The cheerleaders are one of the reasons I'm a Washington Redskins fan when so many other African-Americans slightly older than me are not. Those thoughts came to me when I received my invitation to attend the Redskins Cheerleaders final audition on April 3.
I started going to Redskins games because my Dad, Bless his memory, wanted his son to see the first Negro (that's what we called ourselves in 1962) to play for the team. Dad only planned to go for a couple of seasons. That thought died with the arrival of Sonny Jurgensen and Charley Taylor who, with Bobby Mitchell, the player we went to see, made the 'Skins the most exciting losing team in NFL history. Good times.
The generation of DC football fans ahead of me were are not so forgiving. They cheered against George Prestion Marshall and his bigoted approach to marketing the team by catering to the cultural sensitivities of the Confederates South. Marshall thought Southerners appreciated representation by a losing team as long as it was an all-white team.
Marshall's attitude exposed him to nationwide ridicule, most famously by sports columnist Shirley Povich of the hometown POST. But Marshall's uncompromising attitude stood in the light of the Civil Rights Movement and the dangerously hateful reaction it engendered.
A lot of Washington football fans connected the two felt betrayed by Marshall's recalcitrance. Marshall was in his decline and never appreciated how hurtful it was. Those fans vented their feelings by cheering for the Cowboys, or whoever was playing Marshall that week. Many still do. Why didn't I feel the same?
My career in the years after college led me to the upper Midwest where I lived close enough to go to Detroit Lions, Chicago Bears and Minnesota Vikings games over the next several decades. One thing always struck me every time I flew home for a Redskins game (thanks again, Dad). The Redskinettes had more women of color, and sooner, than those other teams.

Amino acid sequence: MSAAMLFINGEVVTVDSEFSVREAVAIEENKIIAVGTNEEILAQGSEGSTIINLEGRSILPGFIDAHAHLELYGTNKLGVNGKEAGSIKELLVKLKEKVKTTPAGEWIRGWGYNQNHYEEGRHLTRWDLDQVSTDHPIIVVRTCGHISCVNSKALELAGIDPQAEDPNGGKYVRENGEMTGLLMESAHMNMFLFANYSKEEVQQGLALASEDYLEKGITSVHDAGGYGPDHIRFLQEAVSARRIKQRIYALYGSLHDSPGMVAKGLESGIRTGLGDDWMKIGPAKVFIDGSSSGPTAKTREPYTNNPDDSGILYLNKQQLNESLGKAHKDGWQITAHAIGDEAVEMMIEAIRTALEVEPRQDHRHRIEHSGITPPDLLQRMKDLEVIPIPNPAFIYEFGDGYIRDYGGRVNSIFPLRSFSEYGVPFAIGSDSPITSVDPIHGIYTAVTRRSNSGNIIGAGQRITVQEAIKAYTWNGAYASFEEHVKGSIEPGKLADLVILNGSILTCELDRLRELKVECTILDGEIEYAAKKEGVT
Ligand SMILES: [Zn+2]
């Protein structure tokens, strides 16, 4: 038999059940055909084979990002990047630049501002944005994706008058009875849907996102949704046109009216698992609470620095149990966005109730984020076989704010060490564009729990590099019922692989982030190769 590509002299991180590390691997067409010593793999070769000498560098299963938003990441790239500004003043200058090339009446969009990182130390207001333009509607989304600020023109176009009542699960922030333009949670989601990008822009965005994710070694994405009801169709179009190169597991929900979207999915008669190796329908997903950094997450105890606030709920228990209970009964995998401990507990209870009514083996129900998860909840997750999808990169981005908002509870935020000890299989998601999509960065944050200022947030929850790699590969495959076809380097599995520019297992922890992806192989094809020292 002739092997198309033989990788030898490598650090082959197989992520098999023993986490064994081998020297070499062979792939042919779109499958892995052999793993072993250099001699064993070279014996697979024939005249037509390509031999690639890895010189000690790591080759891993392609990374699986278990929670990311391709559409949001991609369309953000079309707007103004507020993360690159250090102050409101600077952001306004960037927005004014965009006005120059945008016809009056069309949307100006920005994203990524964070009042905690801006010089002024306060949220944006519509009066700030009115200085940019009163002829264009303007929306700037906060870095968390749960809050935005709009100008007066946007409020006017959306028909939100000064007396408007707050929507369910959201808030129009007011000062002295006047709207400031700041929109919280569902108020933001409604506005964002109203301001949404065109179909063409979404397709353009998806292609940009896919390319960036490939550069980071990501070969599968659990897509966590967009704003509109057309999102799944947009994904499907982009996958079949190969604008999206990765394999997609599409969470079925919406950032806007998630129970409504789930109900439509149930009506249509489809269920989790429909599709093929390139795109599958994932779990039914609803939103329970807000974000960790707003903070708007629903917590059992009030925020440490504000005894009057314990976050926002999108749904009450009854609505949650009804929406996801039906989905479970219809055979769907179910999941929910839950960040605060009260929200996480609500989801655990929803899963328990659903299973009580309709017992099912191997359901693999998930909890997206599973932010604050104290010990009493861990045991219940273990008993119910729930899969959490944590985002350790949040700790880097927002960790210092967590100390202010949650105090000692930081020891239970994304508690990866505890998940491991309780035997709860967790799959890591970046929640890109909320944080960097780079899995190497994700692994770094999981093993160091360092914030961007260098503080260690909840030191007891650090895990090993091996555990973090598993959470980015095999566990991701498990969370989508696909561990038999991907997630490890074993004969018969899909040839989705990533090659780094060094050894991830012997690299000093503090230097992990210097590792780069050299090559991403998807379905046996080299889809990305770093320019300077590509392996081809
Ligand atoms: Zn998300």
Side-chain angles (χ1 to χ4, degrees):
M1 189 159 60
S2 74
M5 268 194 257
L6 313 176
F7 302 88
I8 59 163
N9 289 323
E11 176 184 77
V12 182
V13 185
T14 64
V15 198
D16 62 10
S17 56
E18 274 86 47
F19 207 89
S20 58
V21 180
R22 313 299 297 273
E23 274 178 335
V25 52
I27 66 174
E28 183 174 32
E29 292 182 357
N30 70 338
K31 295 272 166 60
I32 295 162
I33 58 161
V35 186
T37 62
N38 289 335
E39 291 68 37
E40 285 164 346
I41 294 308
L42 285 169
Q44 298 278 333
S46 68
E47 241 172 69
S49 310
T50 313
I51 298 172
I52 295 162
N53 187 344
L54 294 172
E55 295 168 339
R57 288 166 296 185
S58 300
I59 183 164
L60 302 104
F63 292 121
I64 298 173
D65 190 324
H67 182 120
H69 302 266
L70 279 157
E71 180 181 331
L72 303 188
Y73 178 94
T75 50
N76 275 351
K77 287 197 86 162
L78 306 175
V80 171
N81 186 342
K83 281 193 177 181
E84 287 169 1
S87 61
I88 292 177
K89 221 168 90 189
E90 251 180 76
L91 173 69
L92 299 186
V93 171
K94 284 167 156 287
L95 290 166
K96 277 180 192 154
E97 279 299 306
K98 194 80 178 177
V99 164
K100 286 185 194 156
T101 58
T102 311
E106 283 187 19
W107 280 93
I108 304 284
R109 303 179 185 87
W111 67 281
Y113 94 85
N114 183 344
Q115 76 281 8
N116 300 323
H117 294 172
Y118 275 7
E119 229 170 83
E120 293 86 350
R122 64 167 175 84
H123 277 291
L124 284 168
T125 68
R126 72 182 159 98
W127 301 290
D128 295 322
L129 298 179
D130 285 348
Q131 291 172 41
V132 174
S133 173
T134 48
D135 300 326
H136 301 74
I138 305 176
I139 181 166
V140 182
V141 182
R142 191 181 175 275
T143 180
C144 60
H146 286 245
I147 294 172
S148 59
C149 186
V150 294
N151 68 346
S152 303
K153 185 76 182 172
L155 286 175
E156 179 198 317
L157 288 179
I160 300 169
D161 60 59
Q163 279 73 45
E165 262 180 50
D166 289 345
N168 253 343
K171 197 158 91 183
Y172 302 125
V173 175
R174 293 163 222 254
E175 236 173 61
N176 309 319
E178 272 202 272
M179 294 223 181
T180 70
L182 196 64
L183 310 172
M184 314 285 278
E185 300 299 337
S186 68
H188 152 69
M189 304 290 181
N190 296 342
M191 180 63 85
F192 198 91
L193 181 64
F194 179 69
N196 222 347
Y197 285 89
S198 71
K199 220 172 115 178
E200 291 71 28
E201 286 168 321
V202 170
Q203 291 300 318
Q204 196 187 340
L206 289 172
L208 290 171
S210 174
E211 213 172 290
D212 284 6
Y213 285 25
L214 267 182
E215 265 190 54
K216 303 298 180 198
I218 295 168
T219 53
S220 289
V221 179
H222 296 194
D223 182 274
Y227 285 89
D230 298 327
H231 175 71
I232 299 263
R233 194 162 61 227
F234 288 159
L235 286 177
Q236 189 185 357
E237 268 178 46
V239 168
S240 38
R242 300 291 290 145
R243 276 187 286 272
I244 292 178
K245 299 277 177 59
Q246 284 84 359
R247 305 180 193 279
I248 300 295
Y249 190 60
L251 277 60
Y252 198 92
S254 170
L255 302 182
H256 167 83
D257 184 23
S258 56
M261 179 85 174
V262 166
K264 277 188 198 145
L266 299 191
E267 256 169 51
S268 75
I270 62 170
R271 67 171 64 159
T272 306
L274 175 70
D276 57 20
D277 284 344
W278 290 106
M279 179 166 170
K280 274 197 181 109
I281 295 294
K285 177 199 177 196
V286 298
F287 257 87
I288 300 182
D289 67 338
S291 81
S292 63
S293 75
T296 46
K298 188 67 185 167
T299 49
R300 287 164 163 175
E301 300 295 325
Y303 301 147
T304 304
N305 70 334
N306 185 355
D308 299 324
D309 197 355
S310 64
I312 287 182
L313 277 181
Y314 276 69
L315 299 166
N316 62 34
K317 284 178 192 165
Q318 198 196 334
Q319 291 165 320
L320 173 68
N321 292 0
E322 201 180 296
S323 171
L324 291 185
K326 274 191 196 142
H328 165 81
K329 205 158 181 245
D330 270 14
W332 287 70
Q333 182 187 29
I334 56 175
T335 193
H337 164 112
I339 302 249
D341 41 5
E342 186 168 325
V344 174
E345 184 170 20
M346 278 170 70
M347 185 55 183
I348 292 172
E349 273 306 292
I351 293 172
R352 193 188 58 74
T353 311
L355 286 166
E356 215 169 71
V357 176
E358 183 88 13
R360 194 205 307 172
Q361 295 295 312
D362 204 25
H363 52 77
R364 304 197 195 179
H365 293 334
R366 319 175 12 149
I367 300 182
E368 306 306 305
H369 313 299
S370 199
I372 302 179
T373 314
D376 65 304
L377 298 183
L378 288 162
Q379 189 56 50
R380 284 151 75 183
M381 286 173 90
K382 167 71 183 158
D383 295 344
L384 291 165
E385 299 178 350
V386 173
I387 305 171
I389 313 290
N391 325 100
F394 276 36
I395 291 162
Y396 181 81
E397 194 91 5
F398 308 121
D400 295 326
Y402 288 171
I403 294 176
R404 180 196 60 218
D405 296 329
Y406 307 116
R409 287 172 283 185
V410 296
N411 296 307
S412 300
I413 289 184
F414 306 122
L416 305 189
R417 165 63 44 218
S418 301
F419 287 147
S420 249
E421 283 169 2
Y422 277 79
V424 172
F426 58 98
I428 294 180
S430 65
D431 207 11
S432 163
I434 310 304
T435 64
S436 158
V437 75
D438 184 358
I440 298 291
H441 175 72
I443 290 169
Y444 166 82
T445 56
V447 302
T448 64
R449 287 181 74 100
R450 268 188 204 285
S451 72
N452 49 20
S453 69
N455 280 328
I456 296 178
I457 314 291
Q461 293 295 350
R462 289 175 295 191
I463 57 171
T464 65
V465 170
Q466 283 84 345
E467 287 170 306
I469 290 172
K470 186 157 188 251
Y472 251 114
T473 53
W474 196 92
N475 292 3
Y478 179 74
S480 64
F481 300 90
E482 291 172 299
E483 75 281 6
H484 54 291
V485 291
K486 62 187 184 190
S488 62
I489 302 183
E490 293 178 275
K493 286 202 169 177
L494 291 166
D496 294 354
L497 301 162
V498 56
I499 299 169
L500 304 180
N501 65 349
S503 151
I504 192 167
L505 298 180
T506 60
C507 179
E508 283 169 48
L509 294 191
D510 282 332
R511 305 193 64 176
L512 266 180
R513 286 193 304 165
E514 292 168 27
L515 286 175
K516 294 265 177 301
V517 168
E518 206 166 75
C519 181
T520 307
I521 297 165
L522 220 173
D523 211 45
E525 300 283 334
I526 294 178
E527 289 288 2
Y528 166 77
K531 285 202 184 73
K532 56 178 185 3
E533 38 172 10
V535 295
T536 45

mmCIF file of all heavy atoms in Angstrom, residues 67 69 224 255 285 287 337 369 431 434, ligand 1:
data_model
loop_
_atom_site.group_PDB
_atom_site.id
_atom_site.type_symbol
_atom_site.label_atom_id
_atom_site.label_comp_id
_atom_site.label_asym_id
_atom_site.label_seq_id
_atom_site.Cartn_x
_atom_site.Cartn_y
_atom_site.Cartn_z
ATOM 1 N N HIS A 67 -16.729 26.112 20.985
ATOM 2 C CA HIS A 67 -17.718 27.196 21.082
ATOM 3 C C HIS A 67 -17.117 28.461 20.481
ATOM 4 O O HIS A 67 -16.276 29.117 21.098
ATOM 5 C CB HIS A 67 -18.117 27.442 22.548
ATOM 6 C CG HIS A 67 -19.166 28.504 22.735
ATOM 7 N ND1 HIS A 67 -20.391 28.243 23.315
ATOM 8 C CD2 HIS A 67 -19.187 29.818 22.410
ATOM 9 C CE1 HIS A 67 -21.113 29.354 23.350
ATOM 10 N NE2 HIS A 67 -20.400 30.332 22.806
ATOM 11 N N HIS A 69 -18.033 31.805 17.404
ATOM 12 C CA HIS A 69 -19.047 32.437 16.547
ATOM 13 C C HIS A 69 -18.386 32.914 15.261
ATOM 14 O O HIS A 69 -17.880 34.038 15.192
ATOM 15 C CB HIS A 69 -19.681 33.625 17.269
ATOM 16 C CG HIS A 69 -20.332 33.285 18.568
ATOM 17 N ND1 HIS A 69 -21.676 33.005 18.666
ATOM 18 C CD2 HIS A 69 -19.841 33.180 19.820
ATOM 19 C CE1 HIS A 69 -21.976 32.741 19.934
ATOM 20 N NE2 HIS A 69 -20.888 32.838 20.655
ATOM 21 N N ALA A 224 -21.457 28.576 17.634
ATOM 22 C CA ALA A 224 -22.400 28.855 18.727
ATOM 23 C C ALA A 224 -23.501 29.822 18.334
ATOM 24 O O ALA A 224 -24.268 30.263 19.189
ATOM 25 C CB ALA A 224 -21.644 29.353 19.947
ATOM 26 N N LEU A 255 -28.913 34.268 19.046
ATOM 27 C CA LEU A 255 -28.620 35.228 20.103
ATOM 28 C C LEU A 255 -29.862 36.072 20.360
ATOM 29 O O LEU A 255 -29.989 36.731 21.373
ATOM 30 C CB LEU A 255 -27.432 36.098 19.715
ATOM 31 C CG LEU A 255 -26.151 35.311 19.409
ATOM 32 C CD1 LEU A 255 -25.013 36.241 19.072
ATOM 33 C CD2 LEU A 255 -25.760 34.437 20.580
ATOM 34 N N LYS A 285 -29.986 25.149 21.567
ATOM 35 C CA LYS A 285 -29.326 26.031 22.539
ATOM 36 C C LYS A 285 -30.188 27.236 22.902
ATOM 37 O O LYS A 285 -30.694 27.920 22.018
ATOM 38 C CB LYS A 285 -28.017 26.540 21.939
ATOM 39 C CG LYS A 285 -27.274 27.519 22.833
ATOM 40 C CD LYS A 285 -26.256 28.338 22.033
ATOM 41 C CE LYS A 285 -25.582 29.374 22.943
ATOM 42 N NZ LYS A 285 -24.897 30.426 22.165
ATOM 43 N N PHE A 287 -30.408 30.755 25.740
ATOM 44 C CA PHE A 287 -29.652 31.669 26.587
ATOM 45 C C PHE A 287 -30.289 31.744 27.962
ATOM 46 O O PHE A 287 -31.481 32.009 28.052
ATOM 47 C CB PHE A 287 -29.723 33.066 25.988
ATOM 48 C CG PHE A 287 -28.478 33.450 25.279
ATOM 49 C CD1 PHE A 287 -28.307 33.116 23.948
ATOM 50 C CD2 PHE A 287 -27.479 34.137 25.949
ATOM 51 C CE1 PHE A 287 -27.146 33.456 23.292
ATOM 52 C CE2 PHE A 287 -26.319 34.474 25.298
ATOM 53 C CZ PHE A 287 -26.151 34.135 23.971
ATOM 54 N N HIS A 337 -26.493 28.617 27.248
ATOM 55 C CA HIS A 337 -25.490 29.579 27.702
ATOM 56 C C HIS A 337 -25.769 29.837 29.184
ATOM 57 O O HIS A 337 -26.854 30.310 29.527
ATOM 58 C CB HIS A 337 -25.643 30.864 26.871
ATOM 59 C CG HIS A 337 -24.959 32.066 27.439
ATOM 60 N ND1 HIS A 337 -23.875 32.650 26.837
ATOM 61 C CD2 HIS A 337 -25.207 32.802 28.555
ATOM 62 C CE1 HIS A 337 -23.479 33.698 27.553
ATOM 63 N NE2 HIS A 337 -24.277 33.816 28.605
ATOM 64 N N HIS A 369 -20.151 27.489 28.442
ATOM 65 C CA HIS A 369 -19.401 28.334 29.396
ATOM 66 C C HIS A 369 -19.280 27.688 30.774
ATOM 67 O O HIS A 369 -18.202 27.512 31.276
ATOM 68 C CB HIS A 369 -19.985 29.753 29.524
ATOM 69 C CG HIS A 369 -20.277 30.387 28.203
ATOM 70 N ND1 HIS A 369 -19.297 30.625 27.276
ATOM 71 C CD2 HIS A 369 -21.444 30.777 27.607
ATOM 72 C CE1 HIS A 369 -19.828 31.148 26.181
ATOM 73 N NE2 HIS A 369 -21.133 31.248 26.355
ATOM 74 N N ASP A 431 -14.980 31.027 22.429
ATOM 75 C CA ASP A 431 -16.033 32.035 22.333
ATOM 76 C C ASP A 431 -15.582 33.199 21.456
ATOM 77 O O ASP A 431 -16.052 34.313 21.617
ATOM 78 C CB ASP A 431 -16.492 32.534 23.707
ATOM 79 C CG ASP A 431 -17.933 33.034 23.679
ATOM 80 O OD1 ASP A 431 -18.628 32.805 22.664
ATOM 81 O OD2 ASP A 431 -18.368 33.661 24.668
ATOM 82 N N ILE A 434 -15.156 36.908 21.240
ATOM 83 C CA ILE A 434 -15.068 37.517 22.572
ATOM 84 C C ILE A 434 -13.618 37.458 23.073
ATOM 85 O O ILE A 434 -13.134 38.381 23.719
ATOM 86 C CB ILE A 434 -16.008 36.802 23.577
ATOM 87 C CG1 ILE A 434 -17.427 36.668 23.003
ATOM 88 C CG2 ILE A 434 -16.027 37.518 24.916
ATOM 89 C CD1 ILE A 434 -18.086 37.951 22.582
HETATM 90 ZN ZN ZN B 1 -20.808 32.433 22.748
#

I cannot prove it. It's only anecdotal evidence from my personal, small sample observation. I say the Redskins, last to integrate the roster, were the first to integrate its cheerleader team and, over the years, had the most diversified squad in the NFL. Oakland and perhaps Atlanta could give Washington a run for the money on that. I'll have to do a survey between the Draft and the labor settlement.
In my mind, that ought to balance Marshall symbolically standing in the door of his locker room a la George Wallace at Alabama. I understand if those old folks feel otherwise. I refuse to root for the Crimson Tide today, thanks to that image of Wallace. In his old age, Wallace denouonced that bigotry. Marshall never did. The Redskinettes spoke for him
The Redskins Cheerleaders Alumni are silent about that part of their history. So it falls to, um, "seasoned" fans like me to tell the story. It's a story worth telling and the Washington deserve credit for it.
Now, where are those field glasses?